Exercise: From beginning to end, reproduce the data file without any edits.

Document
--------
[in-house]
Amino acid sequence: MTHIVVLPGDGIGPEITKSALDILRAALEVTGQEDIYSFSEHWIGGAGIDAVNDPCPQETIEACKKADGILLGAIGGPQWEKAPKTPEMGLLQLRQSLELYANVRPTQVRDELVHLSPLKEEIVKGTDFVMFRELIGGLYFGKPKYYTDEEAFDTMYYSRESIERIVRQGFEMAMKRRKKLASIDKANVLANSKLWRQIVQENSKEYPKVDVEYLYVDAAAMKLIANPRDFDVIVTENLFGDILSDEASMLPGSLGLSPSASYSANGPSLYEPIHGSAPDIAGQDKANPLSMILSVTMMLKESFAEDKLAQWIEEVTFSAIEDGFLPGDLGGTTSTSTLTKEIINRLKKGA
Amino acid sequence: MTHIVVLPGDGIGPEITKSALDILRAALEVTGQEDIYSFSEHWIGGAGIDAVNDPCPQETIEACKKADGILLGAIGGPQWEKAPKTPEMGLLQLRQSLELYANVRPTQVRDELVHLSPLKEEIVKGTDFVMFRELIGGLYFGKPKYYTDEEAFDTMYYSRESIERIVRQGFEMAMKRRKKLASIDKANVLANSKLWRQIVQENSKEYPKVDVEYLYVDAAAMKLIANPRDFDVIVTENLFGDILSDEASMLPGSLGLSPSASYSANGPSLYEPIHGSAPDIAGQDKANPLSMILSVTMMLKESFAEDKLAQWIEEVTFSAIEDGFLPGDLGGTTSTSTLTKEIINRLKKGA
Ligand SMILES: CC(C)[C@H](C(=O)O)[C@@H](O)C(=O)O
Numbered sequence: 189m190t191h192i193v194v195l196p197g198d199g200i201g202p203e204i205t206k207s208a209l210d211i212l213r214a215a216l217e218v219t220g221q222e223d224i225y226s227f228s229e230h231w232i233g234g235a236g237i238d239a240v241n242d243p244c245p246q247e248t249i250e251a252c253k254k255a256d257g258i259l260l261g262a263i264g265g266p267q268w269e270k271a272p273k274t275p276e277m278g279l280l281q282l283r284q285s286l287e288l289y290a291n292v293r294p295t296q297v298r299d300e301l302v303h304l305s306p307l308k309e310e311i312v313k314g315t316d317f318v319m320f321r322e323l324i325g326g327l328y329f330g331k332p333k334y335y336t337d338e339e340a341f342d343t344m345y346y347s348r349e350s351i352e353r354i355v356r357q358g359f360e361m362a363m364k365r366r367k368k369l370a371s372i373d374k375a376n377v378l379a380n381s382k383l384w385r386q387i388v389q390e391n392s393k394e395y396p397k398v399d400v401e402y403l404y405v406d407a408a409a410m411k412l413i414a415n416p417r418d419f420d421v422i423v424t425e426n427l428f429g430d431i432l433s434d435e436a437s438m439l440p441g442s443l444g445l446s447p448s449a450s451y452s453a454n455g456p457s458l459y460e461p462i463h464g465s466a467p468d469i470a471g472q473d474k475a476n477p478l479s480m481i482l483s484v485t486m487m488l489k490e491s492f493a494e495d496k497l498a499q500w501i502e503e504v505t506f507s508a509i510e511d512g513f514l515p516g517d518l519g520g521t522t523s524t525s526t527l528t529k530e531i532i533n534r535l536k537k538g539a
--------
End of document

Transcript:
[in-house]
Amino acid sequence: MTHIVVLPGDGIGPEITKSALDILRAALEVTGQEDIYSFSEHWIGGAGIDAVNDPCPQETIEACKKADGILLGAIGGPQWEKAPKTPEMGLLQLRQSLELYANVRPTQVRDELVHLSPLKEEIVKGTDFVMFRELIGGLYFGKPKYYTDEEAFDTMYYSRESIERIVRQGFEMAMKRRKKLASIDKANVLANSKLWRQIVQENSKEYPKVDVEYLYVDAAAMKLIANPRDFDVIVTENLFGDILSDEASMLPGSLGLSPSASYSANGPSLYEPIHGSAPDIAGQDKANPLSMILSVTMMLKESFAEDKLAQWIEEVTFSAIEDGFLPGDLGGTTSTSTLTKEIINRLKKGA
Amino acid sequence: MTHIVVLPGDGIGPEITKSALDILRAALEVTGQEDIYSFSEHWIGGAGIDAVNDPCPQETIEACKKADGILLGAIGGPQWEKAPKTPEMGLLQLRQSLELYANVRPTQVRDELVHLSPLKEEIVKGTDFVMFRELIGGLYFGKPKYYTDEEAFDTMYYSRESIERIVRQGFEMAMKRRKKLASIDKANVLANSKLWRQIVQENSKEYPKVDVEYLYVDAAAMKLIANPRDFDVIVTENLFGDILSDEASMLPGSLGLSPSASYSANGPSLYEPIHGSAPDIAGQDKANPLSMILSVTMMLKESFAEDKLAQWIEEVTFSAIEDGFLPGDLGGTTSTSTLTKEIINRLKKGA
Ligand SMILES: CC(C)[C@H](C(=O)O)[C@@H](O)C(=O)O
Numbered sequence: 189m190t191h192i193v194v195l196p197g198d199g200i201g202p203e204i205t206k207s208a209l210d211i212l213r214a215a216l217e218v219t220g221q222e223d224i225y226s227f228s229e230h231w232i233g234g235a236g237i238d239a240v241n242d243p244c245p246q247e248t249i250e251a252c253k254k255a256d257g258i259l260l261g262a263i264g265g266p267q268w269e270k271a272p273k274t275p276e277m278g279l280l281q282l283r284q285s286l287e288l289y290a291n292v293r294p295t296q297v298r299d300e301l302v303h304l305s306p307l308k309e310e311i312v313k314g315t316d317f318v319m320f321r322e323l324i325g326g327l328y329f330g331k332p333k334y335y336t337d338e339e340a341f342d343t344m345y346y347s348r349e350s351i352e353r354i355v356r357q358g359f360e361m362a363m364k365r366r367k368k369l370a371s372i373d374k375a376n377v378l379a380n381s382k383l384w385r386q387i388v389q390e391n392s393k394e395y396p397k398v399d400v401e402y403l404y405v406d407a408a409a410m411k412l413i414a415n416p417r418d419f420d421v422i423v424t425e426n427l428f429g430d431i432l433s434d435e436a437s438m439l440p441g442s443l444g445l446s447p448s449a450s451y452s453a454n455g456p457s458l459y460e461p462i463h464g465s466a467p468d469i470a471g472q473d474k475a476n477p478l479s480m481i482l483s484v485t486m487m488l489k490e491s492f493a494e495d496k497l498a499q500w501i502e503e504v505t506f507s508a509i510e511d512g513f514l515p516g517d518l519g520g521t522t523s524t525s526t527l528t529k530e531i532i533n534r535l536k537k538g539a